The music is perhaps more reflective, more low-key. We also adjusted the traditional order of things a little for the radio; normally at the end of the service you hear the noise of a huge congregation getting to its feet to sing O come, all ye faithful; then the Dean gives the Blessing followed by Hark! the herald angels sing. That’s two humdinger congregational carols back to back: obviously we didn’t have that. So, after the Blessing, we sang a beautiful arrangement by Bob Chilcott of the German tune Still, still, still. I imagined it being like the end of the day when Jesus is born, shutting the stable door quietly. This then led into a much more intimate performance of Hark! the herald angels sing.
It certainly had a powerful effect on me as I listened at home. And that was the sound of last Christmas, King’s College Choir singing through adversity …
… and hopefully reflecting what so many other places had to deal with as well. We just happen to be fortunate enough to have that radio broadcast, but every other cathedral and choir was going through the same thing.
Tell me about your immediate priorities.
The first priority is to get back to normal with the regular routine of services; that’s the reason for our existence, after all. We’re also looking at long-term touring and recording opportunities. We’ve learned so much about the technological side of things and we’re very fortunate to have our label and infrastructure. We may try to share concerts more widely by streaming them to reach people who can’t be here physically—I think that’s something that will become the new normal for many places.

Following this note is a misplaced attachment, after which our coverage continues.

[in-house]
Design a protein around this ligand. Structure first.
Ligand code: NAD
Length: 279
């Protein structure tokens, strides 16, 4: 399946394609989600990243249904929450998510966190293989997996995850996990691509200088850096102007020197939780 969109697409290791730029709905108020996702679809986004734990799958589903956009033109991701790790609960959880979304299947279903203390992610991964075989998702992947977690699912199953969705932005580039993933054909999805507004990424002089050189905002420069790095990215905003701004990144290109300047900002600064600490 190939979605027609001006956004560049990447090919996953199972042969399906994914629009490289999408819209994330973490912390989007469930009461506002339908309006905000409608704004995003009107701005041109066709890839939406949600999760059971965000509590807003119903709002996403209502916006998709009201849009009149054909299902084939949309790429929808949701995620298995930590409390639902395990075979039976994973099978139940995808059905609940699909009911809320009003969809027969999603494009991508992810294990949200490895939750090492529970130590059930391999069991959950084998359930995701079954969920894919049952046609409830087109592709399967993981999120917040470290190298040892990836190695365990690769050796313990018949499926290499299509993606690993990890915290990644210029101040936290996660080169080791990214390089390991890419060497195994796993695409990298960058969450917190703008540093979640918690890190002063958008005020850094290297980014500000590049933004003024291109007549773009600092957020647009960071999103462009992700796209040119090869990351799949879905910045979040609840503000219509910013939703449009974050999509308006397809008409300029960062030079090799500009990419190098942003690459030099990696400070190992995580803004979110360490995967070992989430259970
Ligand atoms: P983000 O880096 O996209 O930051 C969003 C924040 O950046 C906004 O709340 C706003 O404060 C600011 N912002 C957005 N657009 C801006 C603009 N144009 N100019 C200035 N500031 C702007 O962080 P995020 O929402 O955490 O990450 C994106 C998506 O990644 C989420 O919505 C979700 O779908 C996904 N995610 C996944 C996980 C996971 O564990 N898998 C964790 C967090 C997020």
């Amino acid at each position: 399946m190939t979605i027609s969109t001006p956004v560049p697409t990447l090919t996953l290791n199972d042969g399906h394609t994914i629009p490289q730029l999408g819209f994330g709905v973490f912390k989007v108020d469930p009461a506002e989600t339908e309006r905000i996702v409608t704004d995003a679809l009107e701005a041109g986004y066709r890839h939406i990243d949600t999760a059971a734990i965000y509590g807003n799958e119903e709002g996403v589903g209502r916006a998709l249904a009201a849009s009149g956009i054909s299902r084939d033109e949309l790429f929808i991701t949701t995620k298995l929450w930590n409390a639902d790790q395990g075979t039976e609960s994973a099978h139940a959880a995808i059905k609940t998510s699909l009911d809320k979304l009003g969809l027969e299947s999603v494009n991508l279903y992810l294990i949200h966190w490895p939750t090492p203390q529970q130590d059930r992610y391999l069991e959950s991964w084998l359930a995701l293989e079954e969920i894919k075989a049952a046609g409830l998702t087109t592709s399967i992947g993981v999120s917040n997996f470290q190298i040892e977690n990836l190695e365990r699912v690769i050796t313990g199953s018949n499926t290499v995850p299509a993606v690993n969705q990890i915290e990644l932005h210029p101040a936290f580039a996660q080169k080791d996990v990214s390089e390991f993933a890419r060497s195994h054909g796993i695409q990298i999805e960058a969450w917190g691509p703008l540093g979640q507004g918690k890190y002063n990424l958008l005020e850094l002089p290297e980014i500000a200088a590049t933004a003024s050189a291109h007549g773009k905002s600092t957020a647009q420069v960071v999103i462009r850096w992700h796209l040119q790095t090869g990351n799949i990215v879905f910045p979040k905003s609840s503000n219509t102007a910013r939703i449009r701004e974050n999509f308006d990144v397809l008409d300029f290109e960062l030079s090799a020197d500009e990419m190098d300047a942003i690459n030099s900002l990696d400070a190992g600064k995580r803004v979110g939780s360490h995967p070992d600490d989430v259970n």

When you tour with this choir, you’re taking people’s children to the other side of the world, along with undergraduates who are reading for degrees, so working out when to tour is always an issue. Perhaps the 7.30pm concert may be a thing of the past; I quite like the idea of concerts starting earlier, without an interval, so you can go out for dinner afterwards. Perhaps we could do the same programme twice, in the afternoon and the evening, to accommodate smaller audience numbers. All these are exciting unknowns, so there may be a new way of working, I just don’t know what it is yet!
You could be busier than ever.
That’s fine, as long as we can find a way of returning to a regular schedule here in Cambridge, because everything we do away from the chapel relies on daily training and that muscular memory. People talk about ‘working from home’ but we’ve actually been ‘living at work’. I’ve found it invigorating to be back in College again.
And the top-hatted choristers are once more processing across from school to the chapel in their ‘croc’.